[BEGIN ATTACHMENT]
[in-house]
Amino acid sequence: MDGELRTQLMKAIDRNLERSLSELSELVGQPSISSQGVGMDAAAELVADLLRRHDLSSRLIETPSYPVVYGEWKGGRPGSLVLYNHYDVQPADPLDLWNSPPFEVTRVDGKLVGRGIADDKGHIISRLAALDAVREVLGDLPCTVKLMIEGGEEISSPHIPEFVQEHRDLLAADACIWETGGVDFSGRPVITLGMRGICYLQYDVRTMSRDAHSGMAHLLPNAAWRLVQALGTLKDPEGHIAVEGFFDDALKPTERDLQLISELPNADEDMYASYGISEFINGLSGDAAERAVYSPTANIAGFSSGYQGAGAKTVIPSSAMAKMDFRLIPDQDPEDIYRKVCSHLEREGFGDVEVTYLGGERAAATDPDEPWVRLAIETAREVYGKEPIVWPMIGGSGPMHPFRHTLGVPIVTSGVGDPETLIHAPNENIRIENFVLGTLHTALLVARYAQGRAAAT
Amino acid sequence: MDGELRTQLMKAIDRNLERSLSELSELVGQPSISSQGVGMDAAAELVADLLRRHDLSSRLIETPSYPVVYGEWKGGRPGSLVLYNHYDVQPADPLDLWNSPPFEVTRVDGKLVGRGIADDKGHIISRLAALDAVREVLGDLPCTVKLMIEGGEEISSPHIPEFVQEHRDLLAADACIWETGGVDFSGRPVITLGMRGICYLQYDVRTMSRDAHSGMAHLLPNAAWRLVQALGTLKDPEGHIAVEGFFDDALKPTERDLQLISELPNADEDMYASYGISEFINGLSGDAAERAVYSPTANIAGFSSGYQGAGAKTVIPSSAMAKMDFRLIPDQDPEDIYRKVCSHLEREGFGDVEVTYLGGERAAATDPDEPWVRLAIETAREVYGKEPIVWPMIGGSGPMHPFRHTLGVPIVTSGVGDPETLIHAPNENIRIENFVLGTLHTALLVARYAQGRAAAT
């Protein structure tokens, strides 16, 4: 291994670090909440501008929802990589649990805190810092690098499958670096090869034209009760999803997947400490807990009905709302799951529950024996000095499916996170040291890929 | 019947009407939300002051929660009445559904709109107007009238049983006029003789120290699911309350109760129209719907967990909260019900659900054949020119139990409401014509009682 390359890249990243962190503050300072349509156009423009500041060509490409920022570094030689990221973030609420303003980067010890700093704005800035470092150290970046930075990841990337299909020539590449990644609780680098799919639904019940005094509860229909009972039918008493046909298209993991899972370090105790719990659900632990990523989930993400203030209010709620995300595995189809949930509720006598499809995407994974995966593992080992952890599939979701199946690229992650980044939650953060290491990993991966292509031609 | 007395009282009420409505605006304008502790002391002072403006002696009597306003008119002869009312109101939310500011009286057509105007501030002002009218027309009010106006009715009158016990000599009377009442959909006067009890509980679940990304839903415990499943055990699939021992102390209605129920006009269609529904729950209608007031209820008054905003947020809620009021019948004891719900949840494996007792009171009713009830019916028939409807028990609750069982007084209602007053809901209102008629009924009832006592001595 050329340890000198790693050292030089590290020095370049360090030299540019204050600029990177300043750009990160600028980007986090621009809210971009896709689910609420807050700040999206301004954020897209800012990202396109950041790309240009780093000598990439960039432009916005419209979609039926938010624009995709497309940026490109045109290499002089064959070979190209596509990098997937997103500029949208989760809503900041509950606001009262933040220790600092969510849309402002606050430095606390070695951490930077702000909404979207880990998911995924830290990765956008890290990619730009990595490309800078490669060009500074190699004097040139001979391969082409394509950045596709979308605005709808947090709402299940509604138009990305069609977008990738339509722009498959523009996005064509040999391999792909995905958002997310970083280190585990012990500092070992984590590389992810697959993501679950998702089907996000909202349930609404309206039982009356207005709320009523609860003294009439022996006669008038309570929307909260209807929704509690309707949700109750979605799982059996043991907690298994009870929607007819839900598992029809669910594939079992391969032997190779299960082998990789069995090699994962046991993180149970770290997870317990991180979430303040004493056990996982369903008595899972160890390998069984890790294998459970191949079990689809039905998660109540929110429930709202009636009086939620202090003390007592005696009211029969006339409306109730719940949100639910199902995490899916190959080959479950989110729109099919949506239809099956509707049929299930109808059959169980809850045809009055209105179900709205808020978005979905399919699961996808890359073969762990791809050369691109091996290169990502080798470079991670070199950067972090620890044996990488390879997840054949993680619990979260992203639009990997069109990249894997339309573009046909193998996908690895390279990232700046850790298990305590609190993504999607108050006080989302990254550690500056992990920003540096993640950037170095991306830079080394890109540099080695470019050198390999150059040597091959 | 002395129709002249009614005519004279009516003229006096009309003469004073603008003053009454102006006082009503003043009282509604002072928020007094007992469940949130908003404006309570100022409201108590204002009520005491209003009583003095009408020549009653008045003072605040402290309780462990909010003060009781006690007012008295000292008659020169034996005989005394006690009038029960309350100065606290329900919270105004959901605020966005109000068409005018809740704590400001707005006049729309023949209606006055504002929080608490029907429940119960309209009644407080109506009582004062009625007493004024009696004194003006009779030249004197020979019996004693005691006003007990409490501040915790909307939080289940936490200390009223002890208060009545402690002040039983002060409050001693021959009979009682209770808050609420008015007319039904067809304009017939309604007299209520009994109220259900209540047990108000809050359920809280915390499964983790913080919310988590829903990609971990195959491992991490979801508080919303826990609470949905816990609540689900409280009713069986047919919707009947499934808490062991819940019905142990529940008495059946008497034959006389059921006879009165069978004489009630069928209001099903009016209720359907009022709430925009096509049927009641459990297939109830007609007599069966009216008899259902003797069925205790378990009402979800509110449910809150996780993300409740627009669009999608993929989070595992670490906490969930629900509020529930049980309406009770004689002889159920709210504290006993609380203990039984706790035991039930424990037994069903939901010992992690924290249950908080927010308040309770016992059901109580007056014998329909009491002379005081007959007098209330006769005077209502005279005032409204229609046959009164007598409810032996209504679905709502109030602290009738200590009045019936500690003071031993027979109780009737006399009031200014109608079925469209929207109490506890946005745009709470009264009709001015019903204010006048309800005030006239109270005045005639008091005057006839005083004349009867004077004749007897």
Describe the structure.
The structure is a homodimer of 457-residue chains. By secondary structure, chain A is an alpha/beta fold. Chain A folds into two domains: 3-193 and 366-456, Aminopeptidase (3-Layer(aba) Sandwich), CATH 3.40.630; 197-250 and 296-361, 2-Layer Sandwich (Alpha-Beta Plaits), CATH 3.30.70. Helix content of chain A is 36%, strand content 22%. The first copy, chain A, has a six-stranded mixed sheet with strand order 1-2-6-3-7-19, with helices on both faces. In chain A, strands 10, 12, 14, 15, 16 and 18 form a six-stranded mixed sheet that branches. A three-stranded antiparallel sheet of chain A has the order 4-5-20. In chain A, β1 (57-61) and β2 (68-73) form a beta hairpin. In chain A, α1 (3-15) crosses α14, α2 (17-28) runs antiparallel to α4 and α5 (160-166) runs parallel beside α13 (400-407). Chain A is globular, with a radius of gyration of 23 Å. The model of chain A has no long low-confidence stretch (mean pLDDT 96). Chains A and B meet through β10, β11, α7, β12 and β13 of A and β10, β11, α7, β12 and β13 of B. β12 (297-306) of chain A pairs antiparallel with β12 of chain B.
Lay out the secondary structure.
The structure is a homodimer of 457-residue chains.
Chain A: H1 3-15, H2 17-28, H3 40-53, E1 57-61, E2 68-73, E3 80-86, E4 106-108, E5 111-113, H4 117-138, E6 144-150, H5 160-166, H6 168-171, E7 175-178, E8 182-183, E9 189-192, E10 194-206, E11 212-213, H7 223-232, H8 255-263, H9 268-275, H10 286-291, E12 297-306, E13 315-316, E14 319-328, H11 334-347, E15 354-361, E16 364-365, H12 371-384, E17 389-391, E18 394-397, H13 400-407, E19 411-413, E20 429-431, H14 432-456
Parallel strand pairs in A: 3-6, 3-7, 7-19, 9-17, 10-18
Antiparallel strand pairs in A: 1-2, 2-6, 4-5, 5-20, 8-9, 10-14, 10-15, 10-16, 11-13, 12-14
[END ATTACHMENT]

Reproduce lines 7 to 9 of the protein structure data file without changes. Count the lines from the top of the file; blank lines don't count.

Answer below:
Lay out the secondary structure.
The structure is a homodimer of 457-residue chains.
Chain A: H1 3-15, H2 17-28, H3 40-53, E1 57-61, E2 68-73, E3 80-86, E4 106-108, E5 111-113, H4 117-138, E6 144-150, H5 160-166, H6 168-171, E7 175-178, E8 182-183, E9 189-192, E10 194-206, E11 212-213, H7 223-232, H8 255-263, H9 268-275, H10 286-291, E12 297-306, E13 315-316, E14 319-328, H11 334-347, E15 354-361, E16 364-365, H12 371-384, E17 389-391, E18 394-397, H13 400-407, E19 411-413, E20 429-431, H14 432-456